SONAR_CREDENTIAL_ID sonar-token The Name you set in KubeSphere for the SonarQube token. It is used for code quality test.

    Note

    The command parameter -o of Jenkinsfile's mvn indicates that the offline mode is enabled. Relevant dependencies have already been downloaded in this tutorial to save time and to adapt to network interference in certain environments. The offline mode is on by default.
  4. After you edit the environmental variables, click Commit changes at the bottom of the page, which updates the file in the SonarQube branch.

Step 3: Create projects

You need to create two projects, such as kubesphere-sample-dev and kubesphere-sample-prod, which represent the development environment and the production environment respectively. Related Deployments and Services of the app will be created automatically in these two projects once the pipeline runs successfully.

Note

The account project-admin needs to be created in advance since it is the reviewer of the CI/CD Pipeline. See Create Workspaces, Projects, Users and Roles for more information.
  1. Use the account project-admin to log in to KubeSphere. In the same workspace where you create the DevOps project, create two projects as below. Make sure you invite project-regular to these two projects with the role of operator.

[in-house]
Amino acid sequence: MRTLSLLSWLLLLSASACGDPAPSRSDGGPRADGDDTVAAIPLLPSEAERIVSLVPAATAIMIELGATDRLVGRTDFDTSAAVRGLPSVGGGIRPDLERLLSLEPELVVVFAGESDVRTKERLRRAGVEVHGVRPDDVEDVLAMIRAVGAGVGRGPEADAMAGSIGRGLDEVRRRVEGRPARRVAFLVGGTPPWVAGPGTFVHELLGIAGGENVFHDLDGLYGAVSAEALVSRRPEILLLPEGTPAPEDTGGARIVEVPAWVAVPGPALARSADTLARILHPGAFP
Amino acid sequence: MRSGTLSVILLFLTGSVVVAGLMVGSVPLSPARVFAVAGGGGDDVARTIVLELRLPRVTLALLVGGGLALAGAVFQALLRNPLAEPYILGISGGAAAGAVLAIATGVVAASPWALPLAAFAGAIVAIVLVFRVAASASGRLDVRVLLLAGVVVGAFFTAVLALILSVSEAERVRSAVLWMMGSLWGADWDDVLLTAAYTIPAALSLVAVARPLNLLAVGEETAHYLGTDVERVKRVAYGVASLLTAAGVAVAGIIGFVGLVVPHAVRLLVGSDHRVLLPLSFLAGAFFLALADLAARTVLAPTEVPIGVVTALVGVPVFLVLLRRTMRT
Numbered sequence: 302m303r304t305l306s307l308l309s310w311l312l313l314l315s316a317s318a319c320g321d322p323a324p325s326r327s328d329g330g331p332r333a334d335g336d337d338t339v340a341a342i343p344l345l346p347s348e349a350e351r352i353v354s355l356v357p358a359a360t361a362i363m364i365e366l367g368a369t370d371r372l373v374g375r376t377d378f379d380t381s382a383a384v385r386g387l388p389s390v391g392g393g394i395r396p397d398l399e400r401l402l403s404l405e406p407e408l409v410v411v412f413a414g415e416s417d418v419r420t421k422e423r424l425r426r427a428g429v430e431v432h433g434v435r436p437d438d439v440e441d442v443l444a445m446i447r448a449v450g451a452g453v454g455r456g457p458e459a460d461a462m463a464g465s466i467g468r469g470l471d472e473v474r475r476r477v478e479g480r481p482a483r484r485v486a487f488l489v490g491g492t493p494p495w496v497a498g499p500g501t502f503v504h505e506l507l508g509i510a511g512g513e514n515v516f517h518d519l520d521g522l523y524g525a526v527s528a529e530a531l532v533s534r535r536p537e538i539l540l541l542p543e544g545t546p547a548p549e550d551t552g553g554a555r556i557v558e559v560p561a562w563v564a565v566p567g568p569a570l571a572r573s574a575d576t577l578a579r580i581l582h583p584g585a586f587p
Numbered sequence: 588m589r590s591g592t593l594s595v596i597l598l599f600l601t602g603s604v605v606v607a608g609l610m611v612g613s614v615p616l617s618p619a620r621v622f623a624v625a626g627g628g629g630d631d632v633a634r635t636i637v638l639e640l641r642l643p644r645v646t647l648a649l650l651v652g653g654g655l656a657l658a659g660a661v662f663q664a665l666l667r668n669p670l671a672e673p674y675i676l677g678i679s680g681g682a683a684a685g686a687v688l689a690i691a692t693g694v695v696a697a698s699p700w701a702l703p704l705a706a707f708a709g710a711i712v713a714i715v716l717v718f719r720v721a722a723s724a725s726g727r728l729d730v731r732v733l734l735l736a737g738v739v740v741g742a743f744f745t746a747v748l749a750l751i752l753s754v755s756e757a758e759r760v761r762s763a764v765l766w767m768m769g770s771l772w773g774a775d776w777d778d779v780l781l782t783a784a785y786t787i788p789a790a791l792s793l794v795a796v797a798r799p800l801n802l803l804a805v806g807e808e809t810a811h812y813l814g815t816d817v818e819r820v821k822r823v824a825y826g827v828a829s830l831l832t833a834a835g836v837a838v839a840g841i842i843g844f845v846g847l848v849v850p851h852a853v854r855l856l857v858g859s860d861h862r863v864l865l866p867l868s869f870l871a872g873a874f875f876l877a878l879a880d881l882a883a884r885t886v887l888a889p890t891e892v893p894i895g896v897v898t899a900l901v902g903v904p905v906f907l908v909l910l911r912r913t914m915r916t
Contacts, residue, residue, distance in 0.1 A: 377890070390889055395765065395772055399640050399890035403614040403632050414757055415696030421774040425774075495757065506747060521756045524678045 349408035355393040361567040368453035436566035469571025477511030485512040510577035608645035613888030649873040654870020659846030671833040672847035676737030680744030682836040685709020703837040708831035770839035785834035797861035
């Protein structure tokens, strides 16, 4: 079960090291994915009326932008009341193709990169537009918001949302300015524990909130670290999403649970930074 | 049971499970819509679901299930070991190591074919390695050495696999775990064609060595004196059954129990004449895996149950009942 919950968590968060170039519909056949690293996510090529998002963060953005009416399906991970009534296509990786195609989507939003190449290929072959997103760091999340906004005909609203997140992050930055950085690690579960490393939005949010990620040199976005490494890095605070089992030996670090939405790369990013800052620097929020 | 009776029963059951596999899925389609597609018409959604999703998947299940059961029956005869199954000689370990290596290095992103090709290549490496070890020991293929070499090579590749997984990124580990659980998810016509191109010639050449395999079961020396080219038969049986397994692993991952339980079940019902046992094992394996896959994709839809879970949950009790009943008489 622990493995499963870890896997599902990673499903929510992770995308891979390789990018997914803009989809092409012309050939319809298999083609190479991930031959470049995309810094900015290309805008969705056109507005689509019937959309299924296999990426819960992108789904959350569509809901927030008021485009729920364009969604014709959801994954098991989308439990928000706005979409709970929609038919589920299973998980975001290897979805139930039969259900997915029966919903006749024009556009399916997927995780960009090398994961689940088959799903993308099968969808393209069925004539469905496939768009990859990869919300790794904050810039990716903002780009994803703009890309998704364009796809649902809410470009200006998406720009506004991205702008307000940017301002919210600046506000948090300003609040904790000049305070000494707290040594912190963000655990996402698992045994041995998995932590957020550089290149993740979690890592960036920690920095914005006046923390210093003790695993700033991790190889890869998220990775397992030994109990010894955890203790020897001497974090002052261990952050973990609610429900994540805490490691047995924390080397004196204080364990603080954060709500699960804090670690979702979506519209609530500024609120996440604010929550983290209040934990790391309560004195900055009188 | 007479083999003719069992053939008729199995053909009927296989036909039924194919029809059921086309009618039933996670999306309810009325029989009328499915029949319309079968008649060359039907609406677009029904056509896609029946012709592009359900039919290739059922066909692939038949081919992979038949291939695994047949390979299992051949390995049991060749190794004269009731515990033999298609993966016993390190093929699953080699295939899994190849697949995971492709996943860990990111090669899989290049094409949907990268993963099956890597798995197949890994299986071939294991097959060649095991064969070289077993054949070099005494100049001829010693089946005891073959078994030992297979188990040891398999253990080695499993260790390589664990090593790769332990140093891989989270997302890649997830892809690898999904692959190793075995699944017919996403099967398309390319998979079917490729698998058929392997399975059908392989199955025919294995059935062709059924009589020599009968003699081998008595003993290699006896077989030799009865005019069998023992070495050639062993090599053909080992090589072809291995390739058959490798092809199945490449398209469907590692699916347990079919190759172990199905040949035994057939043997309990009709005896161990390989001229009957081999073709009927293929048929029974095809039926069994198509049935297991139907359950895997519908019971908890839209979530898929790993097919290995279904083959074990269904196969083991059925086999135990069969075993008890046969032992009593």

Project Name Alias
    kubesphere-sample-dev development environment
    kubesphere-sample-prod production environment
  2. After those projects are created, they will be listed in the project list.

Step 4: Create a pipeline

  1. Log out of KubeSphere and log back in as project-regular. Go to the DevOps project demo-devops and click Create.

  2. Provide the basic information in the displayed dialog box. Name it jenkinsfile-in-scm and specify a code repository under Code Repository.

  3. In the GitHub tab, select github-token from the drop-down list under Credential, and then click OK to select your repository.

  4. Choose your GitHub account. All the repositories related to this token will be listed on the right. Select devops-maven-sample and click Select. Click Next to continue.

  5. In Advanced Settings, select the checkbox next to Delete outdated branches. In this tutorial, you can use the default value of Branch Retention Period (days) and Maximum Branches.

    Delete outdated branches means that you will discard the branch record all together. The branch record includes console output, archived artifacts and other relevant metadata of specific branches. Fewer branches mean that you can save the disk space that Jenkins is using. KubeSphere provides two options to determine when old branches are discarded: